It all seems a bit much - especially since something like cooking can fall under ALL EIGHT depending on what type of cooking it is! English (reading recipes), mathematics (addition/subtraction/fractions), science (seriously, cooking is one huge chemistry experiment), society & environment/SOSE (growing your own food), health & physical education (healthy foods vs. unhealthy foods and what they do in our bodies), design & technology (the official category home ec falls under in a school setting), the arts (cake decorating), languages other than English/LOTE (a unit study on another country). Phew!

Now about Caleb. If you know anything about Myers Briggs personality profiles, he's an ESTJ. He likes to be around people. Darrin & I are introverts (INTP & ISTJ respectively). We don't cope so well with Caleb's extroversion. He'll talk to anyone. Anyone. He walks up to complete strangers, just because they're in the same shop (or train or bus or whatever) and tells them his whole life story. 'My name is Caleb and this is my brother, his actual name is Ethan but we call him Chuckie.' For two introverts, who answer only when spoken to, or when we have a good reason, this is WAY out of our comfort zone.

What else does a little ESTJ like to do? They like to tell people How It Is. And that's that. And once something has happened one way, they expect it to happen that way for the rest of eternity. So because one time we made popcorn and watched Chicken Run, now every time we make popcorn, Caleb wants to watch Chicken Run. He also went through a stage at around age 2-3 of telling us that we were going the wrong way when we drove a different route home than we did going TO the place we were at. Because to him, it had to be That Way and only That Way.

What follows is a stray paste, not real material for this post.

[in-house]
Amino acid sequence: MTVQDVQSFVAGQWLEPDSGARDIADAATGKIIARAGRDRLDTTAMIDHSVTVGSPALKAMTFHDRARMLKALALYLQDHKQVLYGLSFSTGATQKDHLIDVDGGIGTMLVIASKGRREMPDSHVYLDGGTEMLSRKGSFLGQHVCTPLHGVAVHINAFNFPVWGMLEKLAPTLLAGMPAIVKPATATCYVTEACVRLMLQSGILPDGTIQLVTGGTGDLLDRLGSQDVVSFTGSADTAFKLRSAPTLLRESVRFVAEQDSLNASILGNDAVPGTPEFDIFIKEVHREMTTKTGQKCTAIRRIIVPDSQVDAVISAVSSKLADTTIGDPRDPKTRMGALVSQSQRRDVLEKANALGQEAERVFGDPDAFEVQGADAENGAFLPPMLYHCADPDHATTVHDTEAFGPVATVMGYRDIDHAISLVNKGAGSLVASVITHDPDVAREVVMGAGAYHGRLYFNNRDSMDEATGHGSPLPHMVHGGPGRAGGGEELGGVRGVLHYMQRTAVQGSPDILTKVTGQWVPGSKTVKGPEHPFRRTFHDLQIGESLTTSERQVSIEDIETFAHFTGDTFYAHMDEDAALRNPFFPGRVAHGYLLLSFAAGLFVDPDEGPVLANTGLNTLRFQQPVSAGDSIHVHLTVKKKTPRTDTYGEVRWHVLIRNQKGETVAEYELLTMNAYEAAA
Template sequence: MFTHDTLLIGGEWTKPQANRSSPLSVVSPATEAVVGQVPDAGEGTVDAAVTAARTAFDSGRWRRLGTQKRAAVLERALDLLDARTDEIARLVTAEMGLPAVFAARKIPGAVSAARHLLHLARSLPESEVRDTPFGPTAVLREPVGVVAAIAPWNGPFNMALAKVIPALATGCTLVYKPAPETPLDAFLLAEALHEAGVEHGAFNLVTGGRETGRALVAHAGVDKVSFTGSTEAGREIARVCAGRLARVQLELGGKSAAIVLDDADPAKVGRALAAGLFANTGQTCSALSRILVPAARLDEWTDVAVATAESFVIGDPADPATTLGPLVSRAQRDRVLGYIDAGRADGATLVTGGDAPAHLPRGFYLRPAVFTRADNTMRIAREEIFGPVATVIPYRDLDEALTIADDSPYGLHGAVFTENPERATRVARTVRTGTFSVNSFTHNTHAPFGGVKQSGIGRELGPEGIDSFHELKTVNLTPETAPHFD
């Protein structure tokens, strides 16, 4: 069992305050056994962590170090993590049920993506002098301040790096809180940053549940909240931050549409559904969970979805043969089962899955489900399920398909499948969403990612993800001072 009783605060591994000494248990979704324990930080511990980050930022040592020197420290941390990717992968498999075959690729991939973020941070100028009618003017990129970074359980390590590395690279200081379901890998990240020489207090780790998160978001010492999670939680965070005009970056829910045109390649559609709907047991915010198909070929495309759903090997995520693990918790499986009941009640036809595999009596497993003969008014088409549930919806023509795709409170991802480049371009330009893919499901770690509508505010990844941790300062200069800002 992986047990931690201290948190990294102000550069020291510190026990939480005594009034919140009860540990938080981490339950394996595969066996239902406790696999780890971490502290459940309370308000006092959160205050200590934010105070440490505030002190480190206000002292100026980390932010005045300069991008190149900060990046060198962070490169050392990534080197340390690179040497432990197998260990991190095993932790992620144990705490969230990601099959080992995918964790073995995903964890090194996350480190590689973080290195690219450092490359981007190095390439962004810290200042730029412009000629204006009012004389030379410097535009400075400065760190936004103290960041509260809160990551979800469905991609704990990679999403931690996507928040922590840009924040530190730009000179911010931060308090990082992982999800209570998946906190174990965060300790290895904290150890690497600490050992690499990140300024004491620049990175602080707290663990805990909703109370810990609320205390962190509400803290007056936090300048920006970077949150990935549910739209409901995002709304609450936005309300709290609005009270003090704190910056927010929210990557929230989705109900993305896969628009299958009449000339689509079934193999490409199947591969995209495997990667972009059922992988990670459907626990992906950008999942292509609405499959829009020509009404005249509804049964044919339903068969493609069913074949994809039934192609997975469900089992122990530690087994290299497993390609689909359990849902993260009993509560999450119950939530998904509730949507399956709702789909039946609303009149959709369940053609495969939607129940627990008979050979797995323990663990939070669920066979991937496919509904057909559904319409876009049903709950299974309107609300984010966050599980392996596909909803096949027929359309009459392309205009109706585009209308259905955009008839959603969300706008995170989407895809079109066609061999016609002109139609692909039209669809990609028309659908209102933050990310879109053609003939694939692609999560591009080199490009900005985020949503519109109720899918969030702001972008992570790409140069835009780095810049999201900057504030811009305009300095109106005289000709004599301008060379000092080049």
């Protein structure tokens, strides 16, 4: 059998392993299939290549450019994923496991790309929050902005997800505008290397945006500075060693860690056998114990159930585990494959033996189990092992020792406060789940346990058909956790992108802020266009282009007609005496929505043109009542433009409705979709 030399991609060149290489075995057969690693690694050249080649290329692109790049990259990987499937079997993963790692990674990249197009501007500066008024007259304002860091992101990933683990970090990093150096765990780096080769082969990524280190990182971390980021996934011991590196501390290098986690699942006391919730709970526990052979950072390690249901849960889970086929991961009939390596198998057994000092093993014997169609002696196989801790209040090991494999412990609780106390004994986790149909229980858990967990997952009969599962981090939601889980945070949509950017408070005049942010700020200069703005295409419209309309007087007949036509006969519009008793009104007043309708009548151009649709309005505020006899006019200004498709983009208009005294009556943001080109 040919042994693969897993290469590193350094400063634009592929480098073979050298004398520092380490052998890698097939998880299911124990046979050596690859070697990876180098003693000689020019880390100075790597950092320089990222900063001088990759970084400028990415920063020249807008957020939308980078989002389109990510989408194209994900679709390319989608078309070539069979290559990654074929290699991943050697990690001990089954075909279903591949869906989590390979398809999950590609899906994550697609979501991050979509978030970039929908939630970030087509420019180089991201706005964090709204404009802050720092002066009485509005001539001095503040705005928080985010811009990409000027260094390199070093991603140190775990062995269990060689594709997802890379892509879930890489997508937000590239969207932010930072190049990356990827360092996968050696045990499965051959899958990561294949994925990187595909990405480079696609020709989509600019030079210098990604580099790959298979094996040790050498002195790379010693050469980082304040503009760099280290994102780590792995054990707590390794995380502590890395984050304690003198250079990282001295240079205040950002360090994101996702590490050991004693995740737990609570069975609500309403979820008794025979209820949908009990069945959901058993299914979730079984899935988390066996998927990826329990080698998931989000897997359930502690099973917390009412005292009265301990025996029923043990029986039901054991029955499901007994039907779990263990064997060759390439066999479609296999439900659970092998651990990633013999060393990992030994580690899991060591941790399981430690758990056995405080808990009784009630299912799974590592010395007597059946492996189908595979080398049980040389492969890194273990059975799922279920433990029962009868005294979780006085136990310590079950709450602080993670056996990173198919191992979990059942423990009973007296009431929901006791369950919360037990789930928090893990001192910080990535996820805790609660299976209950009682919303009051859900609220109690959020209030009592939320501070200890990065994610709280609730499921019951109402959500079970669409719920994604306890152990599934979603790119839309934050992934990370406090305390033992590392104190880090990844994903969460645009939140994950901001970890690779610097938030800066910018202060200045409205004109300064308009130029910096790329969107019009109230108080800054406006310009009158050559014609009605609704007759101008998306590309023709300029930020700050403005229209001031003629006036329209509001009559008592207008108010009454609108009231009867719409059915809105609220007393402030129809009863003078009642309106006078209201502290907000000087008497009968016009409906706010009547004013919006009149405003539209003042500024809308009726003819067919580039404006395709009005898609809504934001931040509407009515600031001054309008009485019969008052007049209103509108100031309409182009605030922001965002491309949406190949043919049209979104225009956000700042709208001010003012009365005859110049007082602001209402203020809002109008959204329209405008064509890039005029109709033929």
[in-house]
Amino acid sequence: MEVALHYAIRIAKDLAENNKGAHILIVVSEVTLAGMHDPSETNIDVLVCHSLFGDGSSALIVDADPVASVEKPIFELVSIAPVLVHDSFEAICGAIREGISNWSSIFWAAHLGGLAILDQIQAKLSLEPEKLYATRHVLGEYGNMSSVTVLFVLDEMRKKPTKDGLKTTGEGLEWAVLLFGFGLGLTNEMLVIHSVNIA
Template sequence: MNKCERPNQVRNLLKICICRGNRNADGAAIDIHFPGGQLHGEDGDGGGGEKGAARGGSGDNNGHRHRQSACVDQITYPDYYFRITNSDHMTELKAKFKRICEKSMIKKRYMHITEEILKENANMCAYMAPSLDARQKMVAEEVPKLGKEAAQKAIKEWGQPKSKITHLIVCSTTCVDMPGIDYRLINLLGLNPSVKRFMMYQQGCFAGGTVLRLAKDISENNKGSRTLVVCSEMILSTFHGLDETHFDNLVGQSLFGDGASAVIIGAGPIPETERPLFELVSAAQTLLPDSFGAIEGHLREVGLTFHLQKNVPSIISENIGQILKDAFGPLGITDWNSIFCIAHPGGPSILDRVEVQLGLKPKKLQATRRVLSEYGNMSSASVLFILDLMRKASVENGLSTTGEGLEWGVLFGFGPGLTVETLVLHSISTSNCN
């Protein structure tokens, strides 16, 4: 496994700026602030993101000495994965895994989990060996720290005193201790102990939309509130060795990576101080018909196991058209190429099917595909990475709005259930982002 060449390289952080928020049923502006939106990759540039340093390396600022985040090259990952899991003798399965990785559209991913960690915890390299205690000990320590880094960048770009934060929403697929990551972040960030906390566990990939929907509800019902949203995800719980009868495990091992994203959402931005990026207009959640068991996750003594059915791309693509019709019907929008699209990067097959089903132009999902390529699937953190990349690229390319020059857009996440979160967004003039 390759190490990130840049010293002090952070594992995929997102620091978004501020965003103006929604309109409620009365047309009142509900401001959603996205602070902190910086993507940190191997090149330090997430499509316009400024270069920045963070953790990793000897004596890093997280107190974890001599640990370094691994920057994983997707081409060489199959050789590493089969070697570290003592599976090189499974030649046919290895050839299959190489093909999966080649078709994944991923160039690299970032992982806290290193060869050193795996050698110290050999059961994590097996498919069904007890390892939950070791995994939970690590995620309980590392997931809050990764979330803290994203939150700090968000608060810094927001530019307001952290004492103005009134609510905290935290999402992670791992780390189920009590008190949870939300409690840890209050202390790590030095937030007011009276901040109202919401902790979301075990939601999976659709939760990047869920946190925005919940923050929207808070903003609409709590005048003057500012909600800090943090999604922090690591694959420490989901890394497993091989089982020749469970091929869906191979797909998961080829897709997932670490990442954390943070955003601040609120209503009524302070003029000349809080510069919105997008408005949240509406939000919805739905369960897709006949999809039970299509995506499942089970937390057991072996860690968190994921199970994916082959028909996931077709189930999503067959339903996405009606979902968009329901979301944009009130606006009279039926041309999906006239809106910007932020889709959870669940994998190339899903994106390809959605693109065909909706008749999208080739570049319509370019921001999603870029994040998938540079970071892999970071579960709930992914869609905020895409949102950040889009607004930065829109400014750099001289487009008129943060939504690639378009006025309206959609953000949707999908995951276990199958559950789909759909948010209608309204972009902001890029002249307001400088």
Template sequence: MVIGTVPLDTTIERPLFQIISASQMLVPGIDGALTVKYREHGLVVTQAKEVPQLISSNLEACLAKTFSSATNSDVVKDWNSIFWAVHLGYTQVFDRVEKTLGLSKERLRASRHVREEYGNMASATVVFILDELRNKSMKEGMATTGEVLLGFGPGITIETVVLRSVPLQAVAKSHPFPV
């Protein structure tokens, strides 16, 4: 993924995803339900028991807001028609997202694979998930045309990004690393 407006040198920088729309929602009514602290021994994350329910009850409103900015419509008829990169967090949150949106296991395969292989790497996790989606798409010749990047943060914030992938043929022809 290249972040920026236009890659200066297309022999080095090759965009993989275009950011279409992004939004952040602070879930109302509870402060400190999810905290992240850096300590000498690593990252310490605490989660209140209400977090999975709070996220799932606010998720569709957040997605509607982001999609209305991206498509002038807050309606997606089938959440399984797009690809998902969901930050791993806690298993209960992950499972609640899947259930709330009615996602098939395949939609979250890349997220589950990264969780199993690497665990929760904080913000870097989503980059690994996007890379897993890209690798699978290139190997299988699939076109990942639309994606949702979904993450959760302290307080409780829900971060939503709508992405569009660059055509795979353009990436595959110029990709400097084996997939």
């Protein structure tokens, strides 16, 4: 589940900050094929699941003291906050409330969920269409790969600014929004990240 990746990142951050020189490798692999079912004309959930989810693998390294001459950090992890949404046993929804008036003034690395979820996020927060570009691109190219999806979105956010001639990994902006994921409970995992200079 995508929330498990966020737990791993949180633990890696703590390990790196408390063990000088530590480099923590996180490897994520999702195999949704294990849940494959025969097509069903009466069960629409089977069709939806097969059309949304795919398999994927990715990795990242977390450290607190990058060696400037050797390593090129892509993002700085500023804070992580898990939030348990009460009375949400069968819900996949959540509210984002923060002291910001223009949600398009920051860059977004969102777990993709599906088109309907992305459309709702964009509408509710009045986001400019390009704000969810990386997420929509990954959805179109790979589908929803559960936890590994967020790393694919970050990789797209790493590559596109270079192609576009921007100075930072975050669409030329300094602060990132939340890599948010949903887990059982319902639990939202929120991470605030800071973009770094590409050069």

As a baby, he was pretty predictable. He always had his nap at the same time each day, and to bed at the same time each night (after the newborn stage wore off anyway). Apparently he's one of those kids who likes routine. So while unschooling is still a great philosophy in my opinion, I think a little bit of structure wouldn't necessarily be a bad thing in his case. And so we've made the decision to get some actual school books and sit down with him for about an hour a day to do school work. We can be flexible about the time if we have other stuff going on, but for the most part, I think we'll try to stick to a certain time each day.

And the great thing is, if what we do doesn't work, we can change it. We don't have to wait till the end of the year and hope he gets a better teacher next year. If it's too much structure, or not enough, we can adjust as we need to. We can send him to school later if we want to, or he wants to. It's not a tattoo.

And he's excited about the idea of doing work in school books, so yay! Now we just have to keep at it.